Lung cancer is one of the leading causes of cancer death in both women and men. While it is more common in adults and older adults, nowadays it is also quite common in young adults. It has several types and sub-types. And lung cancer in young women is usually adenocarcinoma. What are the symptoms? Here are some helpful checklists for your guidance.
Lung cancer in women is common. Even it is the most common cancer in women after cancer of breast.
Interestingly, the number of men with lung cancer declines. On the other hand, the number of women with it is going up.
Cigarette smoking is the most common risk factor of the disease. Even most cases of lung cancer are linked to smoking.
The number of smokers is still dominated by men. But this starts declining a few decades ago. The same thing doesn’t happen for women. The number of women who actively smoke is likely to increase in recent years.
Lungs of women are more vulnerable
Some parts of men’s body are naturally designed stronger than women’s body, including for lungs. There are some evidences found that women’s lungs are more prone to developing cancer than men.
For instance, when the lungs of both men and women are exposed to the same amount of tobacco smoke, women’s lungs are likely to having lung cancer.
Even female smokers are twice likely to be diagnosed with lung cancer than as male smokers. Interestingly, female patients are likely to live longer than male patients.
The reason of this finding remains puzzling. But experts believe that genetic may play a role. There may be a particular gene that speeds up the growth of cancer in female lungs. Another theory, estrogen in women may also contribute.
The good news, women’s lungs are not always weaker than what men have. Once a female smoker can stop quitting, her lungs are likely to recover faster.
Female smokers are more difficult to stop smoking
Nicotine in tobacco smoke is the reason of why smoking can cause addiction. Smokers often find difficulty to quit smoking. And if you are a woman, this can be harder for quitting!
Many times, female smokers are more difficult to give up smoking than male smokers. Though the use of gum or other nicotine replacement products often works for female smokers, but they also have a greater rate of relapse.
Physically, female smokers are less likely to be dependent on nicotine than male smokers. But behaviorally, they don’t! Many of them are more behaviorally addicted, that’s why they often find it harder to stop smoking.
Since estrogen may also have a role in causing addiction to nicotine, female smokers are easier to avoid smoking in the second half in their menstrual cycle (when progesterone is high, and estrogen is lower). The greater amount of progesterone may help control withdrawal symptoms by moving nicotine out of the body’s system more quickly.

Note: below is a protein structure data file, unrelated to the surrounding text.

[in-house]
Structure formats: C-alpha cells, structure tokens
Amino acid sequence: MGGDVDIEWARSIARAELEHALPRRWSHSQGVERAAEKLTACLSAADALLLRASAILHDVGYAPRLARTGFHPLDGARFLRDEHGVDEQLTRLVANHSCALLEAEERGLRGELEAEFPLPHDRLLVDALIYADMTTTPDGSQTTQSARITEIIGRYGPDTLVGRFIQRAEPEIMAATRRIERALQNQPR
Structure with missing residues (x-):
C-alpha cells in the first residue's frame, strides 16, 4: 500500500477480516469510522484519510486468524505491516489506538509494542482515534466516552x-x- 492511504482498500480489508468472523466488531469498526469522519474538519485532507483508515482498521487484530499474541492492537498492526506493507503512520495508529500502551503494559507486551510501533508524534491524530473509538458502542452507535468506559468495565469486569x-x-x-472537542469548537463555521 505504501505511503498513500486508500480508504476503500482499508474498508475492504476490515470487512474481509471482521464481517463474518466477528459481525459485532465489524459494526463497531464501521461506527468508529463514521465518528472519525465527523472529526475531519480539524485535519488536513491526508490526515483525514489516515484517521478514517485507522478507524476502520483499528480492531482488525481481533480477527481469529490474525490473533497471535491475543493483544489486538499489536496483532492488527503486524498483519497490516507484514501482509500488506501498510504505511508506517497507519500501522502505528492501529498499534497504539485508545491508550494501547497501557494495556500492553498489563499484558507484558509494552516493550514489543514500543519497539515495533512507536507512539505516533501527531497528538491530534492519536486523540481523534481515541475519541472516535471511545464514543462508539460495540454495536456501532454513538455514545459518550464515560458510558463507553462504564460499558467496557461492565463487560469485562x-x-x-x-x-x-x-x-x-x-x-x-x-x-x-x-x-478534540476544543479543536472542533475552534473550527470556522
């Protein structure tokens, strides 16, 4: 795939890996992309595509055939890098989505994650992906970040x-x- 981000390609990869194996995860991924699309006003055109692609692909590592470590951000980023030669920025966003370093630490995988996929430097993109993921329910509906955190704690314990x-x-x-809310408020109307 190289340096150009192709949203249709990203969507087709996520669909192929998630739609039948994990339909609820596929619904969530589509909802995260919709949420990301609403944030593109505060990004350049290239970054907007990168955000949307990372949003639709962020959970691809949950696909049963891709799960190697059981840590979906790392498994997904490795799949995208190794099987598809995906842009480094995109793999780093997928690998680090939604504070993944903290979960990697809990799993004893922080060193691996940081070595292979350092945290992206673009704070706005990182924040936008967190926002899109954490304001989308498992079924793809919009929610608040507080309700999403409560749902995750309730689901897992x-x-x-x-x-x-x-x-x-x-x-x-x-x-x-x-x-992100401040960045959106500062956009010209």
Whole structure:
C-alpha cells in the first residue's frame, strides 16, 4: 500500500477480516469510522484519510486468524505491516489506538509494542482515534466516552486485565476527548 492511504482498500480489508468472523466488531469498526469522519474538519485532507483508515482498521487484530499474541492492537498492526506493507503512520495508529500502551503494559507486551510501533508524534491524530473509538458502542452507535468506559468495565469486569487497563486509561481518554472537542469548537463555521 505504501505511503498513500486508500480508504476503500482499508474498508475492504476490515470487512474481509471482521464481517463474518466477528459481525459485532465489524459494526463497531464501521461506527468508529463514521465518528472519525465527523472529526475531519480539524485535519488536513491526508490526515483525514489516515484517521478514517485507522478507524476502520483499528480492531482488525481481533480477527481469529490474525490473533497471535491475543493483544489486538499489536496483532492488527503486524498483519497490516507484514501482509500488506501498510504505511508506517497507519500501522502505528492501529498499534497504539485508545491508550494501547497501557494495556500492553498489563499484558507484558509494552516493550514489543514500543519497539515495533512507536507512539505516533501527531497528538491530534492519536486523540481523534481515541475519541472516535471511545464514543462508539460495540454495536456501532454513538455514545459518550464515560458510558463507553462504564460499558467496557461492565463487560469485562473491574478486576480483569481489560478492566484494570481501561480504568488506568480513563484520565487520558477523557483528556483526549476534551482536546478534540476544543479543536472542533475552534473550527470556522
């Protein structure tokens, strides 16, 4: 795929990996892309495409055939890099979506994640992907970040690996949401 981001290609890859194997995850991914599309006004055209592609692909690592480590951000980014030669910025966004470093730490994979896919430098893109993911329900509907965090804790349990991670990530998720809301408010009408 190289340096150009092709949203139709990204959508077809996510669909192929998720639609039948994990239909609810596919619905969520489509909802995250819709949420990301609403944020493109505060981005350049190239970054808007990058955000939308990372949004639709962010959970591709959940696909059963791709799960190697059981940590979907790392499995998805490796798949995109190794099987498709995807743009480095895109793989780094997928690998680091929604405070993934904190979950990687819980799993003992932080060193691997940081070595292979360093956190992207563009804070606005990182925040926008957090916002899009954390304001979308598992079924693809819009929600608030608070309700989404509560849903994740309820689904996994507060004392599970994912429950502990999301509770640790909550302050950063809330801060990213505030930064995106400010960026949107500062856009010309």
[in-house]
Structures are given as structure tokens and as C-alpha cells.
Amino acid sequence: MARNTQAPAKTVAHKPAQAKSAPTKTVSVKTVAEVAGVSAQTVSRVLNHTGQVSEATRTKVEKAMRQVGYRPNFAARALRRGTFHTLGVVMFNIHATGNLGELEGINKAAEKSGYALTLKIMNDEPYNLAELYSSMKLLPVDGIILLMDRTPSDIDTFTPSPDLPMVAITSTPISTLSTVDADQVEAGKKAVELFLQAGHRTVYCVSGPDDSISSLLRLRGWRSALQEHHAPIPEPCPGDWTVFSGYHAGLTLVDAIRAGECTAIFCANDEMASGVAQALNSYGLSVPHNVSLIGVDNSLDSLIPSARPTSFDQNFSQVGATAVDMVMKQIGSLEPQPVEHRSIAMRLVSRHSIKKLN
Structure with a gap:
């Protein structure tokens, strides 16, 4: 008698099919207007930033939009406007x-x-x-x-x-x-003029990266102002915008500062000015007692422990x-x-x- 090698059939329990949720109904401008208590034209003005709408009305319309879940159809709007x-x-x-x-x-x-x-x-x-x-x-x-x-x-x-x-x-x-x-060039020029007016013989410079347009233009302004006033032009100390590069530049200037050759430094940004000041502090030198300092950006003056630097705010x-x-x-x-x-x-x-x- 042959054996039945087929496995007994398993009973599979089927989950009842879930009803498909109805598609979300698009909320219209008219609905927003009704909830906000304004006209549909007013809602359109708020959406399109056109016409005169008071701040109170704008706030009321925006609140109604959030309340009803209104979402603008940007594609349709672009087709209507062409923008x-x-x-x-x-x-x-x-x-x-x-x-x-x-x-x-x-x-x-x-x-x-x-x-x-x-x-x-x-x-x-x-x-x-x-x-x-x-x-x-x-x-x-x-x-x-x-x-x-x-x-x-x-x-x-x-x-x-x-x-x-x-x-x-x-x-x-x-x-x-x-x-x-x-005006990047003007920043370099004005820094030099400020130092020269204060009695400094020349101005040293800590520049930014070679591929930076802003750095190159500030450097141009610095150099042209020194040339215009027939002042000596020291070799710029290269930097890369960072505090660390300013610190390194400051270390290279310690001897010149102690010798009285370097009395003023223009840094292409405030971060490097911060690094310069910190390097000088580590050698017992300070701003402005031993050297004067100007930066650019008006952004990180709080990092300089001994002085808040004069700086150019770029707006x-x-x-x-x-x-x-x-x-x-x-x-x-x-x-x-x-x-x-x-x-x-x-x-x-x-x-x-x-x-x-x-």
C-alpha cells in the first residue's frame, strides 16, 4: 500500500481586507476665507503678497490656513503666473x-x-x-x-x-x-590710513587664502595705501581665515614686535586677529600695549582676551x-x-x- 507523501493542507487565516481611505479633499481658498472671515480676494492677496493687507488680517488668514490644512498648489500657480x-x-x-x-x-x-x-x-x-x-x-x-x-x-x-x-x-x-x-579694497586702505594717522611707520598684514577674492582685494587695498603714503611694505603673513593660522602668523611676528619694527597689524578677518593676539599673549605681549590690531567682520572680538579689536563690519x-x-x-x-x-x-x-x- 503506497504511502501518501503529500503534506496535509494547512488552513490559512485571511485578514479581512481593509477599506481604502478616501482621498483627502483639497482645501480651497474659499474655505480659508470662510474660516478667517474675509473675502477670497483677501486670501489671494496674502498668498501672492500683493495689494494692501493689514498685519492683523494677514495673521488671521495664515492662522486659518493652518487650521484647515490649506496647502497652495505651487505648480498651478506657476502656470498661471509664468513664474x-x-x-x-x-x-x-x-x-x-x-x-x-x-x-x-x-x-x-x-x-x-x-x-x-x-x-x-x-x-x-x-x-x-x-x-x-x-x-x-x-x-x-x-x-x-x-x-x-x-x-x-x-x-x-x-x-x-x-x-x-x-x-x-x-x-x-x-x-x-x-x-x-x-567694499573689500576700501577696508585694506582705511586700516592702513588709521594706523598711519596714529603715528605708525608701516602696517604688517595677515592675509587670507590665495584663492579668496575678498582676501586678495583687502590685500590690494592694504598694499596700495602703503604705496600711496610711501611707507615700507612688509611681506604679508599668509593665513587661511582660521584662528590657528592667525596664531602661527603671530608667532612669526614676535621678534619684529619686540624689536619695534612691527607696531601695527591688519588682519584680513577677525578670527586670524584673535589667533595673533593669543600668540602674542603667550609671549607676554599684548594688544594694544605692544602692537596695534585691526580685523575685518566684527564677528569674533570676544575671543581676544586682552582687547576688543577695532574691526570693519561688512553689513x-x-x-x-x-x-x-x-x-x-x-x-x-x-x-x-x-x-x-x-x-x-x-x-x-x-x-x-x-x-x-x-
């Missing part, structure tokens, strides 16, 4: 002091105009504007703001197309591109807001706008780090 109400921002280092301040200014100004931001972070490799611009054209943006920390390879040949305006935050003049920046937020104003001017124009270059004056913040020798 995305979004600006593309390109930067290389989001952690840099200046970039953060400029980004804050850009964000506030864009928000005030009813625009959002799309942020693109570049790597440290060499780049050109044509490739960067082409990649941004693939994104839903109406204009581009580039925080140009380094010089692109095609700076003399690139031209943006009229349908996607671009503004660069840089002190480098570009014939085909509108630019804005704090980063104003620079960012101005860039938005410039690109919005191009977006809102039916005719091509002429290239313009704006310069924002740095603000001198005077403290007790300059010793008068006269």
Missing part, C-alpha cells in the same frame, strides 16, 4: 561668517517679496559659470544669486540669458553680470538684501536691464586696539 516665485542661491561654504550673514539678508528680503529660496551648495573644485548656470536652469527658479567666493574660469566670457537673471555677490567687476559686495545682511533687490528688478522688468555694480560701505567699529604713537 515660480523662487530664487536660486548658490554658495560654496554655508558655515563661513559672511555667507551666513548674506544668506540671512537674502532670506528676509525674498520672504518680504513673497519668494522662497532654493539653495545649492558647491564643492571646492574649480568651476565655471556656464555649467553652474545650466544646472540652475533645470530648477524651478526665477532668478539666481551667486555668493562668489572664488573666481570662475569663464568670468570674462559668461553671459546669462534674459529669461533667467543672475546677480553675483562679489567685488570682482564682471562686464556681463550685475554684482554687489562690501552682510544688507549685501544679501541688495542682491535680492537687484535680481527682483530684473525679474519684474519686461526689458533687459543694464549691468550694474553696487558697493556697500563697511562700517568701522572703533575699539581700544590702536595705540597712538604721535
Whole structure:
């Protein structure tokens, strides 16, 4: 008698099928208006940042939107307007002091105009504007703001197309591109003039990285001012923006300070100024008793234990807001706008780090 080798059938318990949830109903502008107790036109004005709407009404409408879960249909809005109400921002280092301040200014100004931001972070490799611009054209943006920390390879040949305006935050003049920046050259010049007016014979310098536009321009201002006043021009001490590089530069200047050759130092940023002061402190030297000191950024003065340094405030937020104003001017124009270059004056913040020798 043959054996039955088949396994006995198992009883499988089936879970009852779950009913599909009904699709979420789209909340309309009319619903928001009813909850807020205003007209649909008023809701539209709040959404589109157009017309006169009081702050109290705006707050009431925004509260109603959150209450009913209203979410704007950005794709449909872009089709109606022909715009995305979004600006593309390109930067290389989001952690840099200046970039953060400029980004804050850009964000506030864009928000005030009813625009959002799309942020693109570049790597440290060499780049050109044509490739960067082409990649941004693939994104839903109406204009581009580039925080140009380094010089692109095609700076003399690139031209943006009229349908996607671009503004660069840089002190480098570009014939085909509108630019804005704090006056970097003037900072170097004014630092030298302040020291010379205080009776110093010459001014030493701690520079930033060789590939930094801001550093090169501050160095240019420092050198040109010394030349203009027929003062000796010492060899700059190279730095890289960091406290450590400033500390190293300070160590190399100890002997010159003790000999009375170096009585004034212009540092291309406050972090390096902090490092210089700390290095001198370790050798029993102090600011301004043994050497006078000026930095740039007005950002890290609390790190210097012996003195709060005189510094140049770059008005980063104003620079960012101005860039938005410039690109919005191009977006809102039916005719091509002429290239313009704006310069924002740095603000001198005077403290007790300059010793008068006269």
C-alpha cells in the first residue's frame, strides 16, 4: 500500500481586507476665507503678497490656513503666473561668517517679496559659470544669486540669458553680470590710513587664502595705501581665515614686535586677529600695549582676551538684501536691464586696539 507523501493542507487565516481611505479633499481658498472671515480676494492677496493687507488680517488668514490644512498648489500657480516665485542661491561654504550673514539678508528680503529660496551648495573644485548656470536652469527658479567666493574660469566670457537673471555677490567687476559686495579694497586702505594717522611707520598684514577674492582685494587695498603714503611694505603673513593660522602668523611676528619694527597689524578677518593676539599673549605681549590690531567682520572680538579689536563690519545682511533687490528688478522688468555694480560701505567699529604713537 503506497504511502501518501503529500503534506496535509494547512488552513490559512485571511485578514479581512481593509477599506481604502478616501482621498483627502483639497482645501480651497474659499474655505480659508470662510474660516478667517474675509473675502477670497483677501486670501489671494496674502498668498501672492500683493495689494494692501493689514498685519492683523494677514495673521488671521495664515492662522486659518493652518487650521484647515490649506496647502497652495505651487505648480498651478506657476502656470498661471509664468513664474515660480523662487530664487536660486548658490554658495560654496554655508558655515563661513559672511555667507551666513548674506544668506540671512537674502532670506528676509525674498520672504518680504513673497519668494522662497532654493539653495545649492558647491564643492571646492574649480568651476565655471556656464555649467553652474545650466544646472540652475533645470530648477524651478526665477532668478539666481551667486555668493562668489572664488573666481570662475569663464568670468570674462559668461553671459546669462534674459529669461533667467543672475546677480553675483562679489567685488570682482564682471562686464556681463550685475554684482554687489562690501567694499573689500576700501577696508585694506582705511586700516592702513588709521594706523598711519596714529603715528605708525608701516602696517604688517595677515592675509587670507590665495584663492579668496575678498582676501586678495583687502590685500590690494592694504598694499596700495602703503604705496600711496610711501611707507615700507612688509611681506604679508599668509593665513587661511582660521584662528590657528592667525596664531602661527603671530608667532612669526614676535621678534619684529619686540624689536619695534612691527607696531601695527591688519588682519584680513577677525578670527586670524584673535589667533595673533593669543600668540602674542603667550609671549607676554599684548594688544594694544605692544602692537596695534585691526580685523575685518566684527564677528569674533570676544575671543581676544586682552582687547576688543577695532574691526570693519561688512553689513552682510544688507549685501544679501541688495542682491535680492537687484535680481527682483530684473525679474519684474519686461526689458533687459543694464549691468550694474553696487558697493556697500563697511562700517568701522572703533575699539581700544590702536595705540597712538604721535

Cigarette smoking is not the only one
Again, smoking is the greatest risk factor, but it’s not the only one. In fact, it’s also quite common to find lung cancer in women who never smoked! See also other risk factors of this cancer in this post!
In general, the disease is more common in individuals aged over 40. But anyone can have it, including young women.
Known factors that contribute to trigger and cause lung cancer include smoking, radon gas, some other toxic chemicals in the environment, and so on. But these risk factors need to take many years to influence your cancer risk. That’s why in young adults, these risk factors are less likely to play a large role in causing cancer.
So, how do young adults get lung cancer? The answer is not fully known. But it’s thought that a genetic susceptibility has a role, especially if combined with other risk factors (especially smoking)!
The weakened immune system is another possible answer. For instance, young women and men with HIV (a viral infectious condition that can weaken the body immune system) are also at high risk of developing some cancers.
Adenocarcinoma is the most common kind of lung cancer found in women – it can affect both smokers and non-smokers. It is sub-type of non-small lung cancer, which is also the most common type of lung cancer.
There is no a specific symptom of the disease in young women. The signs and symptoms are similar to what happen in other cases of lung cancer.
Adenocarcinoma is likely to grow and develop in the outer regions of the lungs. It’s likely to cause the following symptoms: